Facebook confirmed it has suspended a Boston-based social media analytics firm while it investigates how it collects and shares public data.
Crimson Hexagon touts itself as one of the world’s leading providers of insights, drawn from public online data. The firm analyzes public Facebook data for clients, which include a non-profit with ties to the Kremlin and U.S. government agencies including the Department of Homeland Security, the Wall Street Journal reports.
After the publication began inquiring about Facebook’s oversight of Crimson Hexagon’s government contracts, the social media site suspended the firm’s apps on Facebook and its Instagram unit so it could take a closer look.
“We are investigating the claims about Crimson Hexagon to see if they violated any of our policies,” Ime Archibong, VP Product Partnerships, said in a statement to Deadline, adding, “Facebook has a responsibility to help protect people’s information.”
Crimson Hexagon has sold its analytics platform in foreign countries, including Russia and Turkey, the Journal reports. It worked for the non-profit Civil Society Development Foundation to study Russians’ opinions about President Vladimir Putin, according to the publication. The government in Turkey also reportedly used the service in making its decision to shut down Twitter in 2014, during a period of dissent.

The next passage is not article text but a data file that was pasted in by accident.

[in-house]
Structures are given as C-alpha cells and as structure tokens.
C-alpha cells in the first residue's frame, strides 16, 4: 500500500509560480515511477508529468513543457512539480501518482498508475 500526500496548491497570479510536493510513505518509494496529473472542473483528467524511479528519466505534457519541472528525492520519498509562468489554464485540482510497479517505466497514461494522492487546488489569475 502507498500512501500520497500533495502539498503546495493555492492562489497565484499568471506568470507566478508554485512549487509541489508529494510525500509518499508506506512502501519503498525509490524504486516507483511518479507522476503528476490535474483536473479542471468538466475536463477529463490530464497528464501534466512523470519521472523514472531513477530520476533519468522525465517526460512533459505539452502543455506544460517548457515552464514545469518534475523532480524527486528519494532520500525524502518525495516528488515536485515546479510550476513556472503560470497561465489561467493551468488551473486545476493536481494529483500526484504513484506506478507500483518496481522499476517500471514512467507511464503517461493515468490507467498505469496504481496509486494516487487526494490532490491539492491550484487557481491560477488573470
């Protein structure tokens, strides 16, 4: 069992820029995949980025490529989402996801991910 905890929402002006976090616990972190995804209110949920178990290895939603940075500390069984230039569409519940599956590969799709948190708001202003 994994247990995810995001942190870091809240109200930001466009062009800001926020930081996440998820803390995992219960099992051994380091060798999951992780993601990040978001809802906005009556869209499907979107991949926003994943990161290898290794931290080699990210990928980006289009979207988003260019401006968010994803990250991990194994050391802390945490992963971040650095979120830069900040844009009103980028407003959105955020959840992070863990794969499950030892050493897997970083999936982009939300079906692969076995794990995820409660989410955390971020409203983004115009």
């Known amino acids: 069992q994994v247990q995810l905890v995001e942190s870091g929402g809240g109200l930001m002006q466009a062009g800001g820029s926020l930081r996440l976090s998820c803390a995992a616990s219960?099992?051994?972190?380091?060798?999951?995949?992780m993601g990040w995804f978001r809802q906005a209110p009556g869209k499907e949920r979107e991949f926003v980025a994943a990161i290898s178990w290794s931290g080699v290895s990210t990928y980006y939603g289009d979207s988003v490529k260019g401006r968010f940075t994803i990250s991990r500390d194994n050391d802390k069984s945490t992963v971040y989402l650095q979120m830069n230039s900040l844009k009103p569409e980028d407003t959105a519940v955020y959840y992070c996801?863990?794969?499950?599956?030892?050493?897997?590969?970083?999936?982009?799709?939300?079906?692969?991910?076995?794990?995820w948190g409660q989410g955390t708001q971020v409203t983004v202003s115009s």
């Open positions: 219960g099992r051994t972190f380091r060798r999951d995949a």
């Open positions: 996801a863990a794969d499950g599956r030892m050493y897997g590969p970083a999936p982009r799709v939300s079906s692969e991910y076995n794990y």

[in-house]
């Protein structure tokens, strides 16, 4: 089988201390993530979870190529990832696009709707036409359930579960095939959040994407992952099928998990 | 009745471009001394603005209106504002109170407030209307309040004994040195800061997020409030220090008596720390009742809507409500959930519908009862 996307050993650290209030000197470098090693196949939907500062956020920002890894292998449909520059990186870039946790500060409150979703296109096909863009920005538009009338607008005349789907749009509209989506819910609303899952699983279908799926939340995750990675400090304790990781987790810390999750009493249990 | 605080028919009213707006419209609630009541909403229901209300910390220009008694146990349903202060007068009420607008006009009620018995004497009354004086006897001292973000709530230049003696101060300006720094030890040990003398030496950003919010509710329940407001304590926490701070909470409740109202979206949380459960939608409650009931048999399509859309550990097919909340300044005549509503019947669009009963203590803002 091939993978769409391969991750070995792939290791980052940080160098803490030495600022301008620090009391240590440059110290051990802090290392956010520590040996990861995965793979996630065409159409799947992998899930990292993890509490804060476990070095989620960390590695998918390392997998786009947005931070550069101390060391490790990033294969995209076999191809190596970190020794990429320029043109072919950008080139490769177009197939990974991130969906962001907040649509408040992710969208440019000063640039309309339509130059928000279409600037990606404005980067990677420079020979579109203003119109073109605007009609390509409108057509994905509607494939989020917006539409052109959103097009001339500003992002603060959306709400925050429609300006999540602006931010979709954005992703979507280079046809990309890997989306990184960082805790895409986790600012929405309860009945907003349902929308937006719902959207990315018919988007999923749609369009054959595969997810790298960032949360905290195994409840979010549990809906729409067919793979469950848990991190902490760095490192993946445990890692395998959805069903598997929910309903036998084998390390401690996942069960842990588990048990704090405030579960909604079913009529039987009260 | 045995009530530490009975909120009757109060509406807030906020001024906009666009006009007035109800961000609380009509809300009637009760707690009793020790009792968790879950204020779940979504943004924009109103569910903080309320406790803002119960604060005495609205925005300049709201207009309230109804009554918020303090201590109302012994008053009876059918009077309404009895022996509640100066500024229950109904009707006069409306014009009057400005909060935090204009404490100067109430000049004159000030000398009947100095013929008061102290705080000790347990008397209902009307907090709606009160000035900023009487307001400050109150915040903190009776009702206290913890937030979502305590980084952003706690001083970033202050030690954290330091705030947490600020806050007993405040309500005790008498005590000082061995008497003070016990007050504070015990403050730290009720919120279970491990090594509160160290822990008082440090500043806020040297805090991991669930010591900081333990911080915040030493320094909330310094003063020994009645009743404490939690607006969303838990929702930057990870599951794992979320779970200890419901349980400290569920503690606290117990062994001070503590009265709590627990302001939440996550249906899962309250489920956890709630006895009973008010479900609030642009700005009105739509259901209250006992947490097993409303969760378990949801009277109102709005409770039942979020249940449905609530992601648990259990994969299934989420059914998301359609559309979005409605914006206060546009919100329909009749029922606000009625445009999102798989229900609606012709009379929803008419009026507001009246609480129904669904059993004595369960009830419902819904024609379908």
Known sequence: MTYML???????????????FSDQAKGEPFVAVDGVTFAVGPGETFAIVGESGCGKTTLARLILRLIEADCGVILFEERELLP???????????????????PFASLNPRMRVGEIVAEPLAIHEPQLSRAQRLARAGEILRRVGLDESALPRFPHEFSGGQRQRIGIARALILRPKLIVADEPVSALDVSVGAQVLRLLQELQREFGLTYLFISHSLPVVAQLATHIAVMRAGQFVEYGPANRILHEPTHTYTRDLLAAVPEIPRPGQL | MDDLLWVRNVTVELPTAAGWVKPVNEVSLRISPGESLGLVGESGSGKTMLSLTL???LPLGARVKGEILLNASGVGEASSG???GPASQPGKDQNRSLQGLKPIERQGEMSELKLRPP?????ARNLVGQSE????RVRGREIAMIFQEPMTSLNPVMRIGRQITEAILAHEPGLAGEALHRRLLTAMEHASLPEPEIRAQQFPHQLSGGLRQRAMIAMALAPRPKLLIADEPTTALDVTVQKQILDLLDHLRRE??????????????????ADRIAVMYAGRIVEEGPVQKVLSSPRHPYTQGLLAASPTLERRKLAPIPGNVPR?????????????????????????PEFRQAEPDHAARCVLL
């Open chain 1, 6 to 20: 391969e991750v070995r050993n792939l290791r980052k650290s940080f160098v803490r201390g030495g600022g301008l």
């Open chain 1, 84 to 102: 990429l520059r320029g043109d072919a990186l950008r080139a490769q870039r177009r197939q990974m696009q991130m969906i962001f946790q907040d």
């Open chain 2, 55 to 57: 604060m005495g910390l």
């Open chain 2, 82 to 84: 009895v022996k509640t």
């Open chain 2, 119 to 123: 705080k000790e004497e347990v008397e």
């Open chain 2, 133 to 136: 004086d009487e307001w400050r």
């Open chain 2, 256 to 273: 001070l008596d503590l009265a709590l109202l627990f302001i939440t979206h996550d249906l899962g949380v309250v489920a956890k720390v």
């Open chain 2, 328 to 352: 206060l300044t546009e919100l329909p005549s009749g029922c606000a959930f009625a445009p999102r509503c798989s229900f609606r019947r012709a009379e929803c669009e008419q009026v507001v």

Facebook doesn’t permit developers to build surveillance tools using information from the social media site or its sibling, Instagram. It doesn’t appear that Crimson Hexigon did anything inappropriate, though Facebook continues to investigate.
“Crimson Hexagon is fully cooperating with Facebook who has publicly stated its investigation to date has found no wrongdoing,” CTO Chris Bingham said in a statement.
Facebook has been working to restore public trust in the wake of the Cambridge Analytica privacy scandal, which revealed millions of users’ private information had been harvested, and used to build software to predict and influence the 2016 election. The social media site has been criticized for reacting too slowly to initial press reports abut information being extracted at an unprecedented sale.
Crimson Hexigon published a blog post, in which the company described what data it has access to and how it’s used. The firm said it sticks to information that anyone can publicly access, and does not collect private data and tried to draw a clear distinction between its behavior and that of Cambridge Analytica.
The analytics site said government contracts comprise a small part of its business, and notes that governments use the insights in the same way as business — to understand the public’s perception, preferences and sentiment about particular issues.
“Under no circumstances is surveillance a permitted use case,” Bingham wrote in the post.
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